- Lee Hamilton: November’s elections won’t resolve much of anything
- Pec Playhouse Theatre announces auditions for holiday production
- Keeping up with Aida: A western adventure, part three
- State prepares for thousands of medical marijuana applications
- Rockford’s Choices Natural Market celebrates Non-GMO Month
- Week 5 NFL picks: Lions to improve to 4-1, Packers and Bears will keep pace at 3-2
- Craft Beer Scene Around Rockford: Revolution Brewing’s Oktoberfest offers good all-around balance
- Rockford’s Fall ArtScene at 37 locations Oct. 3-4
- Tales from the Trough: Preseason interview with ‘The Voice of the IceHogs,’ Mike Peck
- Mr. Green Car: Saltwater-powered car: the Quant e-Sportlimousine
Lunch with Marjorie: God saved the best for last, says Connie Burke — part three
Editor’s note: The following is the third in a three-part series. Part one appeared in the Dec. 28, 2011-Jan. 3, 2012, issue, and the second appeared in the Jan. 4-10, 2012, issue.
Connie Burke’s Connecticut childhood was “a charmed life.” After college, she worked for NBC, married and had two children. Later, life took some dramatic turns.
By Marjorie Stradinger
After Connie Burke’s post-college trip to Europe, she flew to California, but returned to Connecticut because her father asked her to. Until she met Frank.
“I ended up falling in love … my college roommate’s brother, a Notre Dame man, divorced, Navy pilot in training during the Vietnam War,” Connie said. “Frank was stationed in Honolulu (1966). I graduated from virginity at that point … went to Hawaii to get married. It’s traditionally a military base. Barry (Obama) was born around that time. I didn’t know him,” she winked.
“You think he was born there?” I had to ask.
Connie and I finished Greek salads … passed on cannolis at Zanto’s, and ordered decaf.
“I ended up writing for NBC in Hawaii,” she said. “They flew the news in on tape; it was live television. I was writing everything under the sun.”
“Living with Frank?” I asked.
“A Catholic girl living in sin,” she said. “My parents knew we were going to be married. Somewhere along the line, I found out he had … (been) with everything but the kitchen sink.”
“Womanizer!” I exclaimed.
“You bet,” she said. “Doing his laundry, I found notes.”
Connie’s father had cancer; she returned to Hartford. Her dad died when she was 25. She went to work at Connecticut Bank & Trust, in PR. I looked at her press release picture of that time.
“Stylish,” I said. “You look a lot like Bernadette Peters.”
Within two years, Connie married a real estate developer.
“I was the middle wife … married for 21 years … two children … worked full time for his 22 businesses, managing 8,000 acres,” she said.
“Did you have a cook?” I asked.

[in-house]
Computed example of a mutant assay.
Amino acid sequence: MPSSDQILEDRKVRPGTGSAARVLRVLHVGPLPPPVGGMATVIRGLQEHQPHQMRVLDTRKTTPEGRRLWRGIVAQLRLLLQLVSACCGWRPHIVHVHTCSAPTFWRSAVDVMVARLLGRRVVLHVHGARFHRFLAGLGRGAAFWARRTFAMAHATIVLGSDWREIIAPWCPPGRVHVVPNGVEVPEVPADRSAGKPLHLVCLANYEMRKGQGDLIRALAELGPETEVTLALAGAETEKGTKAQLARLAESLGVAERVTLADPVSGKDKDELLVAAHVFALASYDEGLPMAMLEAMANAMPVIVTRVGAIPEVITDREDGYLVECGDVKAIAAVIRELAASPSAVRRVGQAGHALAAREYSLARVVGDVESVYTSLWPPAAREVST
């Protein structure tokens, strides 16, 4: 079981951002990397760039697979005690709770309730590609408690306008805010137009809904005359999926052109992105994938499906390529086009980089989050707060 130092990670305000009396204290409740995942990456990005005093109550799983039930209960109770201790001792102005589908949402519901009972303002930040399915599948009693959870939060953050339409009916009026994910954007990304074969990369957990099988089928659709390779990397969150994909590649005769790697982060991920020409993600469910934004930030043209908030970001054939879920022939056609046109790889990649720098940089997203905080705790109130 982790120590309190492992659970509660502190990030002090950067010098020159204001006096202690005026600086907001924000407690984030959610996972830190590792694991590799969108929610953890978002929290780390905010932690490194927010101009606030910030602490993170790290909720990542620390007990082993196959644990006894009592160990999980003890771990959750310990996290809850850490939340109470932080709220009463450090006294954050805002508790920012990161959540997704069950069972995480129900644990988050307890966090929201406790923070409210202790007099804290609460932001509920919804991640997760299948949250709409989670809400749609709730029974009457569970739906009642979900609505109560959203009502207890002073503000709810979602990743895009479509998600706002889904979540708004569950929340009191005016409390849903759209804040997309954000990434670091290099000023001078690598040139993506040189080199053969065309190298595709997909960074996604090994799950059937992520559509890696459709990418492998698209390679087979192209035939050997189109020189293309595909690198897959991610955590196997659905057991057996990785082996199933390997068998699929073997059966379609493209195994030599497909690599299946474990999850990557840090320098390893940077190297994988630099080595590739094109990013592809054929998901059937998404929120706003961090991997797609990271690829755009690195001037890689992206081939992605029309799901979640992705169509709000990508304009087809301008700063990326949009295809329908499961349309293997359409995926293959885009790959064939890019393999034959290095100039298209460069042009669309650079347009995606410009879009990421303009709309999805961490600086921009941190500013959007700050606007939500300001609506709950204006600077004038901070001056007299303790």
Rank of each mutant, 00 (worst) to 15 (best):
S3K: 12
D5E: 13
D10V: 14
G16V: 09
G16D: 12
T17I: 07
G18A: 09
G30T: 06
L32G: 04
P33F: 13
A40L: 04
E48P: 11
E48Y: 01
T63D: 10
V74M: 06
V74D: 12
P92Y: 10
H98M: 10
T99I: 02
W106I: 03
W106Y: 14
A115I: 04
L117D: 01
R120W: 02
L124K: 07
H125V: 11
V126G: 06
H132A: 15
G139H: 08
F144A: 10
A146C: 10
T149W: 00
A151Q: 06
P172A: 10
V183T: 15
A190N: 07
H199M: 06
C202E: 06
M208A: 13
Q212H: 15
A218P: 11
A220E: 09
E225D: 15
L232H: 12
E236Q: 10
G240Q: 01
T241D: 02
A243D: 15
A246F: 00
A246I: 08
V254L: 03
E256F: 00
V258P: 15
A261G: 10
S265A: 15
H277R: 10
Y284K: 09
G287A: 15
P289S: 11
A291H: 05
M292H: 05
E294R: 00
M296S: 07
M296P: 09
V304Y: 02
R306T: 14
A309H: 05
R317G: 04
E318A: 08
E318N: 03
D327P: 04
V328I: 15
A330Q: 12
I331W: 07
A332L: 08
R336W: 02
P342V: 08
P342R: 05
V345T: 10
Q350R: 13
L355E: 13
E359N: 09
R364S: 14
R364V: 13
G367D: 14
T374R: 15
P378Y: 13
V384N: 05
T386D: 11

“Oh, sure,” she said. “I was a mother 24/7. We had a big house. Entertained governors there.”
Connie’s vast network was helpful to her husband.
“He was a good father, but wasn’t interested in anything I was doing,” she said. “More than lonely. We were raised Catholic. Neither of us went to church because Sunday was a sales day.”
Connie got her Realtor’s license and did free-lance advertising.
After the dissolution of her marriage, she needed some counseling and met with Polly Robinson Dershebon (her grandfather, Doane Robinson’s concept led to the creation of Mt. Rushmore).
“I’d worked in broadcasting,” she said. “She (Polly) was on a doctoral committee at a major school in Massachusetts.”
They began working on a television pilot and proposal, which Connie presented to her former boss … got a sponsor … raised money and got a “big name” to look at the scripts.
“We worked our hearts out,” she said. “Oh, this is bad.”
The actor changed it … “but it was our idea. I was devastated. We had a set … it broke my heart. You can’t copyright a concept.”
Her health degenerated.
“I was dying of cardiomyopathy, a fatal degenerative disease,” she said. “The cure’s a transplant; I wasn’t a candidate. I was 52 with two months to live. On my couch, about three days after, I got saved. The woman who led me to the Lord … I knew God was the healer. In six weeks, there was no trace of it.”
Connie lived on Social Security, cleaned houses and took in boarders.
“One was a witch who put a curse on me; I broke both ankles,” she said. “I got healed; my house got healed. I got baptized in the Holy Spirit. Been on the fast track since … such a good start with God.”
She had “stuff” to get rid of. “Don’t we all! Soul ties. Scripture says ‘they shall become one flesh,’” she explained. “It’s like going to bed with a cast of thousands.You have to get rid of all (that). I had to throw up for a day. God was cleaning me out. I don’t mean I was the happy hooker, but I needed to know I was the chick with the legs.”
“You’re very honest,” I said.
There were more health problems:
“I didn’t have symptoms … a stroke,” she said. “Later, massive hemorrhaging, kidney failure … Riddle’s Syndrome. Has to do with recycling sodium. Then, congestive heart failures. Fluid from the wrong medication. Allergies.”
I ask what wisdom she has gained from all of this.
“Sister Constance said: ‘Make the most of all God has given you,’” she said. And, “A diamond is a piece of coal that stuck to the job,” she added.
At decade six, Connie remembers William Wordsworth:
“Though nothing can bring back the hour of splendor in the grass, of glory in the flower, we will grieve not, rather find strength in what remains behind …”
“Don’t be afraid of age,” Connie admonished. “I feel like God saved the best for last. God has been so patient; it takes my breath away.”
Marjorie Stradinger is a free-lance writer residing in Roscoe. She has covered food, drama, entertainment, health, and business for publications in California and Illinois for the past 25 years. She can be reached via e-mail at firstname.lastname@example.org.
From the Jan. 18-24, 2012, issue